Ahead of a hearing the week of May 13, Attorney General Ken Paxton filed a brief with the full U.S. Court of Appeals for the 5th Circuit, asking it to hold that individual Medicaid recipients cannot use lawsuits to force taxpayer funding of Planned Parenthood.
In 2016, the inspector general of Texas Health and Human Services removed Planned Parenthood from the state’s Medicaid program based on video footage of actions that “violate generally accepted medical standards,” and for making false statements to law enforcement.
During oral argument before the three-judge panel of the 5th Circuit last June, Attorney General Paxton’s legal team recounted the raw, unedited footage depicting employees of Planned Parenthood admitting that Planned Parenthood officials had violated federal law and medical ethical standards by performing abortions to obtain fetal tissue for medical research and manipulating the abortion procedure to get more intact fetal cadavers.
In his brief, Attorney General Paxton told the 5th Circuit that Planned Parenthood had a right to challenge the termination through state administrative proceedings, but it chose not to do so. Instead, it enlisted a handful of patients as plaintiffs and filed a federal lawsuit. However, as the brief argues, the Medicaid Act does not allow individuals to challenge a state agency’s determination that a service provider is not “qualified” under the Act.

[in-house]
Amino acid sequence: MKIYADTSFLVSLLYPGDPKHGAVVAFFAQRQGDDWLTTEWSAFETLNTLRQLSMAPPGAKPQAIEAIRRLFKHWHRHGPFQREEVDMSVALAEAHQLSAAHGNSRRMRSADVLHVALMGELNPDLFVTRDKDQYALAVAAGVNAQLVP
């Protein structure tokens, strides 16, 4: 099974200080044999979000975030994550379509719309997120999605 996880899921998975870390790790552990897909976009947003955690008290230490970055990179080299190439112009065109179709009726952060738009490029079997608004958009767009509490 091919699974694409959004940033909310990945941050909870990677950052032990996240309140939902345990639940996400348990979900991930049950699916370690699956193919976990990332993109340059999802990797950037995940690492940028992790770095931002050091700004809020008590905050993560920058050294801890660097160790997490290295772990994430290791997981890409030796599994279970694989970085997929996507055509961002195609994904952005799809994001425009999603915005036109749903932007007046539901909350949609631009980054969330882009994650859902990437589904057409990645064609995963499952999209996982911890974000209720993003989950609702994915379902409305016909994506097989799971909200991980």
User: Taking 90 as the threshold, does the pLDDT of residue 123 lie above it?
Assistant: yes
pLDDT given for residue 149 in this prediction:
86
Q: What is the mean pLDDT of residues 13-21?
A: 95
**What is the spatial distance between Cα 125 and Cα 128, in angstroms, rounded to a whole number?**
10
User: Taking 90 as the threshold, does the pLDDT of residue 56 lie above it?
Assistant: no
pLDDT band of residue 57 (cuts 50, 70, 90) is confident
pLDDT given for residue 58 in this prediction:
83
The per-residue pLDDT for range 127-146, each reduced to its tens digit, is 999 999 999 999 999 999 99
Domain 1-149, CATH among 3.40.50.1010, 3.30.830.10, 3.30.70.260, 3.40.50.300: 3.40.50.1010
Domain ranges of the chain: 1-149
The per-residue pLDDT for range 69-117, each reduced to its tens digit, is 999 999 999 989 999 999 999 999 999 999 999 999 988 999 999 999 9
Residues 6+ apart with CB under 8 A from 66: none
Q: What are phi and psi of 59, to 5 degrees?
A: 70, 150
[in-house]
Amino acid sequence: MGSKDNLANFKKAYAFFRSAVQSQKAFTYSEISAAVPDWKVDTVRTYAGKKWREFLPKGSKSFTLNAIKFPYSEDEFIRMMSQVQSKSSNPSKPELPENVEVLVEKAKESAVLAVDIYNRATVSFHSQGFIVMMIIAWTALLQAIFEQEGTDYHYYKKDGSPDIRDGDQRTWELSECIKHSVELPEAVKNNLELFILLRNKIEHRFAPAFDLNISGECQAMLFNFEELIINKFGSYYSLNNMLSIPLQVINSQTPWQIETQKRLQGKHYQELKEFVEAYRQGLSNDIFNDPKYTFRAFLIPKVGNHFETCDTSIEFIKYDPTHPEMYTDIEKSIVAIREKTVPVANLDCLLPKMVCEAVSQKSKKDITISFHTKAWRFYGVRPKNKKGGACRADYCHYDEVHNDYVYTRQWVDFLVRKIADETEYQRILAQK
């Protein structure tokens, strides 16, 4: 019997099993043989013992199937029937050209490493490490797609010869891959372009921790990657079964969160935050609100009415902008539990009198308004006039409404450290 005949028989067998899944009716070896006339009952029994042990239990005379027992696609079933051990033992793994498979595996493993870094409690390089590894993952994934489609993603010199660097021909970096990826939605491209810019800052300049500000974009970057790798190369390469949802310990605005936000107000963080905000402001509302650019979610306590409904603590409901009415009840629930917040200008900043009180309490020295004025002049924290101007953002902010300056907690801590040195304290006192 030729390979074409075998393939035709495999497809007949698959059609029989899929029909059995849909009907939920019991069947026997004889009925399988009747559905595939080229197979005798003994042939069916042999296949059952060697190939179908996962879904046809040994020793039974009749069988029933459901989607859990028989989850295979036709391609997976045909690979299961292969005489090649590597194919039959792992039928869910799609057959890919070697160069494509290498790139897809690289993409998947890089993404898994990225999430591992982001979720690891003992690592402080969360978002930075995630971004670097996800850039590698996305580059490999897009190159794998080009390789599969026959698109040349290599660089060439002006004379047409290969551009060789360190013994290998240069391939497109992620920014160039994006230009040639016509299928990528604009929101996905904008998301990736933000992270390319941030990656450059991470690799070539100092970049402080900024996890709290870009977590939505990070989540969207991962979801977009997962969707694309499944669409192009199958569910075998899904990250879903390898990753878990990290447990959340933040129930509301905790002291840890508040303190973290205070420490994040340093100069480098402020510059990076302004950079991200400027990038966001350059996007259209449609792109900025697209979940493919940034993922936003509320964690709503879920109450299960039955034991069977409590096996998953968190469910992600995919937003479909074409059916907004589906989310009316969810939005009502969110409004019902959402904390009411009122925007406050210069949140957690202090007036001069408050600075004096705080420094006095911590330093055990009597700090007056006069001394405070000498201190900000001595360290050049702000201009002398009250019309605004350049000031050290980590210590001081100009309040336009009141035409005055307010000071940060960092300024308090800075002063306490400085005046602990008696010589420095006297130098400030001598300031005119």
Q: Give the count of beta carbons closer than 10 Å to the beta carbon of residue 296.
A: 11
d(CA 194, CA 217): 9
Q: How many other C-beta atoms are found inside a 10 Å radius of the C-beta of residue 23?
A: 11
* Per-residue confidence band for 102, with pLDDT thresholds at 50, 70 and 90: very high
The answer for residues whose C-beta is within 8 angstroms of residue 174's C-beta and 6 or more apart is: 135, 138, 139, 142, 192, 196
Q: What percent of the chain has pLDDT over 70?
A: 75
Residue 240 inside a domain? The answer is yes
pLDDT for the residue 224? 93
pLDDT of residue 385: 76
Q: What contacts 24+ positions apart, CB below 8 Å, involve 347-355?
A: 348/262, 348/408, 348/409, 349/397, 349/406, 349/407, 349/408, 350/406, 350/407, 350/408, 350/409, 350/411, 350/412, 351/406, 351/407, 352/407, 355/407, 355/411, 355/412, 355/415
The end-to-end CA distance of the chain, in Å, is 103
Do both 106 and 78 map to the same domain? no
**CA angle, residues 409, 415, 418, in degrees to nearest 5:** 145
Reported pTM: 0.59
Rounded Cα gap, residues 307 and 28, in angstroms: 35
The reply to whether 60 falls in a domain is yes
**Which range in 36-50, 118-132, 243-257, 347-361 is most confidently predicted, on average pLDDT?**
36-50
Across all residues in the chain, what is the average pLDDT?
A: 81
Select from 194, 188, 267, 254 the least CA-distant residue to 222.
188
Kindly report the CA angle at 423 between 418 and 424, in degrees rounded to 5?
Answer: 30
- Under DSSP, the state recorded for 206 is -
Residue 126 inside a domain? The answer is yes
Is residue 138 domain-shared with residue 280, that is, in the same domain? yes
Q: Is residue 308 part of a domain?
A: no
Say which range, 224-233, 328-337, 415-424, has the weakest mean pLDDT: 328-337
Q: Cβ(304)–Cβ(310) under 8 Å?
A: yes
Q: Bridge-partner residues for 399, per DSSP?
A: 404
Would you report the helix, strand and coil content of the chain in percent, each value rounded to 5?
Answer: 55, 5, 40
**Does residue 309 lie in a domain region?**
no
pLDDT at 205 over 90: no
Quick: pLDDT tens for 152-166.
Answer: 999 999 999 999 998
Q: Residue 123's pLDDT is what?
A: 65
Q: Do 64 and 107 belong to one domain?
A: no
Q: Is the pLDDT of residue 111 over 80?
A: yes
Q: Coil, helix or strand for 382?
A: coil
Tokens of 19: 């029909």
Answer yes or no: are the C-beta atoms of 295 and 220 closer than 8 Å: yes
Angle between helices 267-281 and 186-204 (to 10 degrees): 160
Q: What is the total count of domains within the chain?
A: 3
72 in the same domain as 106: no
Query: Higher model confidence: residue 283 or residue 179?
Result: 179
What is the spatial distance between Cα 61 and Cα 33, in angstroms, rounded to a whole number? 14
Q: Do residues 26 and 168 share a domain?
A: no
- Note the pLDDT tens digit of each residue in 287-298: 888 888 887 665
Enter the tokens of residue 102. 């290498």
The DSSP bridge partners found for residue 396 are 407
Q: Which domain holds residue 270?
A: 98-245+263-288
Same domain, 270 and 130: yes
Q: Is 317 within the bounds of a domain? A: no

“We’re confident that our reading of the law is correct and that the full 5th Circuit will rule that individual plaintiffs should be dismissed from this lawsuit. These taxpayer resources should be used to provide healthcare to the most vulnerable among us, not defend lawsuits from Medicaid recipients who would prefer to do business with Planned Parenthood,” Attorney General Paxton said.
In January, a three-judge panel of the 5th Circuit unanimously lifted the district court’s injunction, ruling that it applied the wrong legal standard. But the panel also ruled that the individuals in the Planned Parenthood lawsuit could bring their suit based on prior precedent, which the concurring opinion requested the full court reconsider by rehearing the case. The full court granted rehearing on its own motion in a February order.
View a copy of the brief here.